(*) Remark: in sports turf midst there are lots of discussions about the role of organic matter. On sand-based fields OM can rapidly accumulate around the base of the grass plants. A "thatch" layer is formed that compromises the drainage capacity. Thatch build-up can be caused by several factors, amongst which the relatively low microbiological activity in such soil profiles and over-application of nitrogen fertilisers. Adequate maintenance is needed to maintain the organic matter within the preferred ranges.
Water retention capacity (WRC) or water holding capacity (WHC) is the ability of a soil to physically hold water.
It is commonly expressed as v/v (percent of volume) either w/w (percent of weight).
WRC is primarily controlled by:
Soils with smaller particles (silt and clay) have a larger surface area than those with larger particles (sand). A larger surface area allows a soil to hold more water. Based upon the percentage of sand, silt and clay in a soil, we can distinguish 12 soil texture categories. This is visually represented in a soil texture triangle.
Example: imagine a soil sample with 65% of sand, 27% of clay and 8% of silt.
These 12 soil types have a different water holding capacity:
The relation between the volumetric water content in your soil and the water potential (i.e. the suction force applied to that water) is expressed in a water retention curve or pF - curve.
The name pF is short for "Potenz" (or "exponentiation") and "Freier energie" (or "available energy").
|A drainpipe at a depth of 100 centimetres for example, will excert a suction force of 100cm or pF2.|
Watch the following video: the sponge in the video represents the soil matrix:
As the water retention capacity primarily is controlled by soil texture (and organic matter), the shape of the pF-curve changes with soil texture. A common shape for a clay, silt and loam soil is:
The amount of Plant Available Water (PAW) in a clay soil is much higher than in a sandy soil:
|At FC, the volumetric water content in this sandy soil is +/- 8%; at WP merely 2%. This gives 8-2 = 6% PAW in a sandy soil.
In this clay soil, the volumetric water content is +/- 47%; at WP +/- 28%. This gives 47-28 = 19% PAW.
This also is the reason why a clay soil with 20% of water will feel dry and a sandy soil with 10% of sand will feel humid. The WRC of soils can be increased by adding soil amendments suited for that purpose.
The following figure gives a good overview of the PAW in relation to the 12 soil types:
Soil Electrical Conductivity (EC) is a measure of the amount of salts in soil (salinity of soil).
Soil electrical conductivity gives us an indication about the total amount of salts, not the presence of specific salts.
It is an important indicator of soil health. It has an impact on:
A too high EC will disrupt the soil water balance and hinder plant growth.
Soils with high salt contents occur naturally in arid and semiarid climates. However, salt levels can increase as a result of cropping, irrigation, land use and application of fertiliser and compost.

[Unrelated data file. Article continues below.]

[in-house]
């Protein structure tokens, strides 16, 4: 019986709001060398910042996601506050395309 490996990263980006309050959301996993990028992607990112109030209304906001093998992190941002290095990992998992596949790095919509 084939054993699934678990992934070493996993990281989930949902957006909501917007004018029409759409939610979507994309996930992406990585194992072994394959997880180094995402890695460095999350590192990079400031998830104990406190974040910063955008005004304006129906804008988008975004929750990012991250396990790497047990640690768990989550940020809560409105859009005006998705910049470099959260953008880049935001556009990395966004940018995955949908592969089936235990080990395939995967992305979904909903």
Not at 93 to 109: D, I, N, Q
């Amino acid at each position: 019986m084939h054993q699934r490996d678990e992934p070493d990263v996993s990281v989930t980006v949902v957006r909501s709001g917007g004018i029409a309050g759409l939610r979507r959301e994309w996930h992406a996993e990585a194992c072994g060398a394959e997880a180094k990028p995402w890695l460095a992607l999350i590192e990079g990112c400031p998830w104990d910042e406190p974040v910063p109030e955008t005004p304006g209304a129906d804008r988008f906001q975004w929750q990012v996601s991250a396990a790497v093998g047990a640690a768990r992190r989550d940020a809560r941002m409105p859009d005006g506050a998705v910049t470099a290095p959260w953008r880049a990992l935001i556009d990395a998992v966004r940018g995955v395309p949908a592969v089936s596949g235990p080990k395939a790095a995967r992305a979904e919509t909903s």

Soil electrical conductivity is expressed in μS/cm (or mS/cm), dS/m or ppm:
Based upon the EC value, a classification can be made for the degree of salinity:
|ECe method (dS/m) (*)|
|0 - 2||2 - 4||4 - 8||8 - 16||> 16|
|(*) There are different methods to determine the EC: ECe (on a saturated soil paste extract), EC1:1 (on a mixture of soil over water mass ratio of 1:1), EC1:5 (on a mixture of soil over water mass ratio of 1:5), ...|
The salt tolerance of a plant is the maximum salt level that plant can tolerates without losing its productivity or inhibiting growth:
Soil hydraulic conductivity is the ability of a soil to transmit water, under saturated or nearly saturated conditions.
The hydraulic conductivity is a flow rate and hence expressed in a volume of water per unit of time.
Sometimes the hydraulic conductivity is equated to the infiltration rate, but from a scientific point of view this is not quite true:
The infiltration capacity changes over the course of a rain storm (or irrigation event), so you can’t just measure infiltration capacity at any random point of time. Initial infiltration rate is high, but afterward it decreases. Finally it become constant. That steady-state rate is approximately equal to the saturated hydraulic conductivity. And it’s that steady state rate that we most often want to measure.
The saturated hydraulic conductivity Ks is expressed in mm/hr or cm/hr and is strongly related to soil texture and structure:
Management practices that improve soil organic matter content, soil aggregation, and porosity can also improve infiltration.
|Measuring saturated hydraulic conductivity Ks|
The most common way to measure saturated hydraulic conductivity Ks in the field is using a "double ring infiltrometer".
Two concentric rings are pounded slightly into the soil and filled with water. The water from the outer ring helps wet the soil and infiltrates both vertically and laterally into the dry soil. The infiltration rate is measured in the inner ring, where infiltration and percolation are happening only vertically, thanks to the water from the outer ring.Tests can be conducted in two ways: falling head and constant head. In a falling head test, water is added to the rings and the water level declines over time as infiltration occurs. In constant head tests, a device called a Mariotte bottle is added to the infiltrometer, which releases water so that a constant level (or head) is maintained inside the rings.
The video below shows a falling head double ring infiltrometer test:
Depending on the speed of infiltration, the following classification can be made:
|Rates (mm/hr)||Classification||Soil type|
|10 - 20||Medium||Sandy and silty soils|
|5 - 10||Moderate||Loams|
|1 - 5||Low||Clay soils|
|< 1||Very low||Sodic clay soils|
Importance of infiltration capacity
Best management practices are needed to improve soil infiltration: